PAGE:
The state auditor’s office says in a new report that it’s keeping the California Department of Technology (CDT) on its list of “high-risk” agencies due to concerns about state departments’ information security controls, which CDT is charged with auditing periodically.
The auditor also faults CDT’s oversight of state IT projects.
According to the report and a summary letter from California State Auditor Grant Parks, which was published Thursday, CDT has been on the “high-risk” list for information security since September 2013.
“In a subsequent high-risk audit, Report 2015-611, August 2015, we noted that many reporting entities had poor controls over their information systems,” the new report says. “In our state high-risk assessment, Report 2017-601, January 2018, we reported that CDT had made improvements to its oversight but that reporting entities still showed significant room for improvement. Finally, in Report 2021-601, August 2021, we reported that a federally sponsored nationwide security review noted that state entities in California self-reported ratings below the federally recommended minimum level.”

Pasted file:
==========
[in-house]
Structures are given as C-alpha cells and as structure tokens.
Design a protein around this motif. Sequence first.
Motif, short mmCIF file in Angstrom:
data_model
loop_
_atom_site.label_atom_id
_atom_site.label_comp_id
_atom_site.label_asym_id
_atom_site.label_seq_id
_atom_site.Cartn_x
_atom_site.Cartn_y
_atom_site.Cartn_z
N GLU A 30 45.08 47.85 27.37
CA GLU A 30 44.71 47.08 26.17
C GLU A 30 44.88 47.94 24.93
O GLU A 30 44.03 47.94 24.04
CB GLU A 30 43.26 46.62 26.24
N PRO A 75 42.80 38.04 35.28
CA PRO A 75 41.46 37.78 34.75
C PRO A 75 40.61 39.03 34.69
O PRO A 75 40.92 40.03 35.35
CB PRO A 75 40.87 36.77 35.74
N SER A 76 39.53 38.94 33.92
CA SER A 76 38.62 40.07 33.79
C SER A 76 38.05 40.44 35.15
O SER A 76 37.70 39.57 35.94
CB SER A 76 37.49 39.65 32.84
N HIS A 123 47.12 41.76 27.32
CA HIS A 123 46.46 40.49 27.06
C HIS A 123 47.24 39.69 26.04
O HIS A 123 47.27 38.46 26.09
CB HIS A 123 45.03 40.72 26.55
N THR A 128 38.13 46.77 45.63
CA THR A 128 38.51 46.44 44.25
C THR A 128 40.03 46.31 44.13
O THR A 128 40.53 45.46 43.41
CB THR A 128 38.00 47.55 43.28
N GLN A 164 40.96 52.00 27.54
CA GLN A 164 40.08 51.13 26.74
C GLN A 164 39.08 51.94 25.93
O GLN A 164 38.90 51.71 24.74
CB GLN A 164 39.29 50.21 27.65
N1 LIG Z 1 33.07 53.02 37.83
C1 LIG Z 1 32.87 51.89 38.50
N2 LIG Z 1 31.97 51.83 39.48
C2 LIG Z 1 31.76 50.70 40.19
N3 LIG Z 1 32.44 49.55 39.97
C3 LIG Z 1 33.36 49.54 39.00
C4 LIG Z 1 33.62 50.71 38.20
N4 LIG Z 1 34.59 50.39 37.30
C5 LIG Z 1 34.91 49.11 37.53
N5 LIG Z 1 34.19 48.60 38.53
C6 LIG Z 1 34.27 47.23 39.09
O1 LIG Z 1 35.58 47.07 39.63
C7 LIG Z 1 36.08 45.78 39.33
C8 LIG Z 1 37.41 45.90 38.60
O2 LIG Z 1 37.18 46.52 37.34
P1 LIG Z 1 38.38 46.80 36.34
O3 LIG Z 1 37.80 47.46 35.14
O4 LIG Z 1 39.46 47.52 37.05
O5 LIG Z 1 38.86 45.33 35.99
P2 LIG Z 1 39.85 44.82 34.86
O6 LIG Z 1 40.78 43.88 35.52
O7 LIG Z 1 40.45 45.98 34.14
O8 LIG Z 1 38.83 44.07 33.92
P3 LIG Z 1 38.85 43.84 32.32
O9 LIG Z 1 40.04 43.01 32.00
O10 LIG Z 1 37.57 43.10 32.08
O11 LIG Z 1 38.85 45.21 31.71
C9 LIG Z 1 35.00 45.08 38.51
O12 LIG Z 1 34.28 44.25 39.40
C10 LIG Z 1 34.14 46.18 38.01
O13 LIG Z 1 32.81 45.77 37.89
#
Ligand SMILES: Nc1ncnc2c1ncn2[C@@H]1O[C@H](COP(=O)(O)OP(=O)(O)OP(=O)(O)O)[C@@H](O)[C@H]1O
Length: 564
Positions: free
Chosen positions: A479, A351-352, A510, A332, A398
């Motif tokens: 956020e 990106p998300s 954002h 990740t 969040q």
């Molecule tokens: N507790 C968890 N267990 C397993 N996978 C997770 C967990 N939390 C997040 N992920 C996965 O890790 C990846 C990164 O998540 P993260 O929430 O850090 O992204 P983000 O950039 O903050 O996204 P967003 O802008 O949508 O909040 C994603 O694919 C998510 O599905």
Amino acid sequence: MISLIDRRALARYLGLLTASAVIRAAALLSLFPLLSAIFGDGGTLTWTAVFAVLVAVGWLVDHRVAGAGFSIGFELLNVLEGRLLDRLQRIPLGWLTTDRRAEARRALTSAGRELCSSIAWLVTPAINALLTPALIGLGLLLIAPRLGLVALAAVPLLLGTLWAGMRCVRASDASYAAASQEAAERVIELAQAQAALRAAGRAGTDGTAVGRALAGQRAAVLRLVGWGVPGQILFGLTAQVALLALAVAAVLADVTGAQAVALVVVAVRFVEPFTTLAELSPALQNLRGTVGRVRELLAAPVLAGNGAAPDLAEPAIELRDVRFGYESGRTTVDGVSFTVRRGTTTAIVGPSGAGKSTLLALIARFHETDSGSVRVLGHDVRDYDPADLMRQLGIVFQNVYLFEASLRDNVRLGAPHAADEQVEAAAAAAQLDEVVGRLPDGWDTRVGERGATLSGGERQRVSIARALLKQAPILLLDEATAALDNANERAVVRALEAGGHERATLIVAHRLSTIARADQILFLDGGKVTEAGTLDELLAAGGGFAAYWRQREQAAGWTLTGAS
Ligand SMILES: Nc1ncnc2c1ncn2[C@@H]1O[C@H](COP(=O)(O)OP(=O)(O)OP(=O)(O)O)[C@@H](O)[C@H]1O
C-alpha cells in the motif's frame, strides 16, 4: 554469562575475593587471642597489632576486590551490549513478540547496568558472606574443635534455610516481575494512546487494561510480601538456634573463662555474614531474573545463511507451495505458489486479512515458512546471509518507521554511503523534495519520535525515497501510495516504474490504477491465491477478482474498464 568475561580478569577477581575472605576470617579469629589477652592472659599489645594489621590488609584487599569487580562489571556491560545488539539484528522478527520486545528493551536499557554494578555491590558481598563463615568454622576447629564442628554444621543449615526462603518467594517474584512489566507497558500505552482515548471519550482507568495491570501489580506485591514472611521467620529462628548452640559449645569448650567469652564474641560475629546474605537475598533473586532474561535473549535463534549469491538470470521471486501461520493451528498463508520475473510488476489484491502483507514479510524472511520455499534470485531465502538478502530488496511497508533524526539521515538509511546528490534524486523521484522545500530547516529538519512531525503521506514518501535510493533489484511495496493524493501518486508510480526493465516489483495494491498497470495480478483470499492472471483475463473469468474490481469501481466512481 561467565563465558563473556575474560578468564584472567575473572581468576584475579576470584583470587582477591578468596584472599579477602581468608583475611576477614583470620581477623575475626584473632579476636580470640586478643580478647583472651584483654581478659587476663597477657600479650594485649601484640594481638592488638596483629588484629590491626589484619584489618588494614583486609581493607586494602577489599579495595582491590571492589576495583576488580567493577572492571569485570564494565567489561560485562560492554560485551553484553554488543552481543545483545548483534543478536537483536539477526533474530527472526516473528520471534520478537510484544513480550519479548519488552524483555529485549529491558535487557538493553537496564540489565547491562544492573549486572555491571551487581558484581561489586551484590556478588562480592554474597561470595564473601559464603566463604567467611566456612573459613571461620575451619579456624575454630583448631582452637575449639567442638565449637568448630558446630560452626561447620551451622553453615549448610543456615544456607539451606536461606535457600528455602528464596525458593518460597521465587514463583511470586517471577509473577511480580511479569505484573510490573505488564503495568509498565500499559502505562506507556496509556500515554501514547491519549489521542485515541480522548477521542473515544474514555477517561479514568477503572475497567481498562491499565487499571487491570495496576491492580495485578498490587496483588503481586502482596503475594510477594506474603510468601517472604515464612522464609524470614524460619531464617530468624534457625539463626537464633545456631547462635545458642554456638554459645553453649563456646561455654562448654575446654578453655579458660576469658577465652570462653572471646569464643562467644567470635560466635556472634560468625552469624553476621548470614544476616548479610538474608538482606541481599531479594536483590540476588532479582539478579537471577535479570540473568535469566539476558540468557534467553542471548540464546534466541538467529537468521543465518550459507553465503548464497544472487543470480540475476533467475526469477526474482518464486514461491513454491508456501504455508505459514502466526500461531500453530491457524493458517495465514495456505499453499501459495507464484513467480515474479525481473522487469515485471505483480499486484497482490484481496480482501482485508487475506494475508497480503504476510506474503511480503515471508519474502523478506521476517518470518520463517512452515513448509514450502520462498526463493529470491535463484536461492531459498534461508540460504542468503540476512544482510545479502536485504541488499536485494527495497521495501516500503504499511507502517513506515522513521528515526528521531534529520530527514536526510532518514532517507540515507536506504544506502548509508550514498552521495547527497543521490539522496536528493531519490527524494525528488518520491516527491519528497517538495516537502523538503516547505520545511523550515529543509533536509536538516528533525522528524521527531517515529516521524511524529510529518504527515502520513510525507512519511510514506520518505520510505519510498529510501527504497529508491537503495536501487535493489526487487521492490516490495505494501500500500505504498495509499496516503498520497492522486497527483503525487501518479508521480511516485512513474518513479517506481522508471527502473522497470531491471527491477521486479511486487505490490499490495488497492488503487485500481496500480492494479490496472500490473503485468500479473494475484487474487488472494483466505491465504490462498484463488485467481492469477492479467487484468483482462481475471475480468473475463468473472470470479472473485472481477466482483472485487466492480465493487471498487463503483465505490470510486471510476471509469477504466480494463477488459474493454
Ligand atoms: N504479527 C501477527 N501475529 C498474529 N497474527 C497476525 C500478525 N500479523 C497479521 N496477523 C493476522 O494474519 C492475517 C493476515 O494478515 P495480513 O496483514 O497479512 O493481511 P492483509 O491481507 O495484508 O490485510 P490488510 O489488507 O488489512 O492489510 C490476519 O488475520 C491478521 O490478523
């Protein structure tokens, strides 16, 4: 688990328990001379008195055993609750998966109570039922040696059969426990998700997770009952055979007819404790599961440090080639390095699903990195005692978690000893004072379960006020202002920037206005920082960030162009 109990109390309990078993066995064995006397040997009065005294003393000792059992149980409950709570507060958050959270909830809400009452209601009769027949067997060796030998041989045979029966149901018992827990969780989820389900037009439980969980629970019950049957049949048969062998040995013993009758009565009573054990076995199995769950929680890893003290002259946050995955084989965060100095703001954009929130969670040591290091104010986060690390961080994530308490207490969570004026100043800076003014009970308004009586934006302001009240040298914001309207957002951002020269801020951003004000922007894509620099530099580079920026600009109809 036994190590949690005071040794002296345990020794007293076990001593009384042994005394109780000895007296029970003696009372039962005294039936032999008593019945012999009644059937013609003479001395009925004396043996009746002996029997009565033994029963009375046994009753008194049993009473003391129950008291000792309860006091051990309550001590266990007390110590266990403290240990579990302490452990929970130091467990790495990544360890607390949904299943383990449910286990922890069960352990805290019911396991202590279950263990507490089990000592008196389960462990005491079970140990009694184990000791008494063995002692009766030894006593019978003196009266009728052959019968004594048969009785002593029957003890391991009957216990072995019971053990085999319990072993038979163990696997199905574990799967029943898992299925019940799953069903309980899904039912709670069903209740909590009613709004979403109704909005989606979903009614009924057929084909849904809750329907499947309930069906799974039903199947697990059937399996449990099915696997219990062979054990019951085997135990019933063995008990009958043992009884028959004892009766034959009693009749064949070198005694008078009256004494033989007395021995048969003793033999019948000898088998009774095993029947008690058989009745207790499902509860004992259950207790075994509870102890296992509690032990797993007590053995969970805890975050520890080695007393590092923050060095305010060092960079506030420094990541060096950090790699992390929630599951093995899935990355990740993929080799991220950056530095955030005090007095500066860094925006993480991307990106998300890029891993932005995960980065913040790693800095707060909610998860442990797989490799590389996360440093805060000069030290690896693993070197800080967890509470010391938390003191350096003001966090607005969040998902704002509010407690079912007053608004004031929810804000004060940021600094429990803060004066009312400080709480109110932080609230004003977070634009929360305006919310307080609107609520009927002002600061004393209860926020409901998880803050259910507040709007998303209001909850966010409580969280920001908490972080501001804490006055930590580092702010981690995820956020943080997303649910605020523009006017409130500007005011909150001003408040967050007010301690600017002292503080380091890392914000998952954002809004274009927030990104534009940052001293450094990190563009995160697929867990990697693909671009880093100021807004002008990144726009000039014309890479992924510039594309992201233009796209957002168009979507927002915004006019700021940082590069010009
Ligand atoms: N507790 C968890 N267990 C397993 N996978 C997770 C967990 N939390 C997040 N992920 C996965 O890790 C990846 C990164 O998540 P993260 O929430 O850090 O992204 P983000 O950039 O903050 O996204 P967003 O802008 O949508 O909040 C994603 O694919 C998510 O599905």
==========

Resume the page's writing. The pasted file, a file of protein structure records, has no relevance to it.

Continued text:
In a report this spring, the auditor wrote: “Report 2022-114, April 2023, reiterated many of our previous concerns with the state’s information security. Our audit found weaknesses in CDT’s strategic planning, oversight of information security and IT projects, and that CDT has not ensured that the state’s IT systems are adequately protected from cyberattacks. This inadequate protection has the potential to compromise individuals’ identities, shut down critical government functions, and cost the state millions of dollars to remedy.”
Last week’s report adds: “CDT has not sufficiently improved its oversight of information security to mitigate the risks we have identified; therefore, this issue will remain on the state high-risk list. CDT is responsible for providing direction for the state’s information security efforts and for reviewing the security of reporting entities. However, CDT has yet to determine the effectiveness of cybersecurity programs for all of the entities for which it has oversight responsibility.”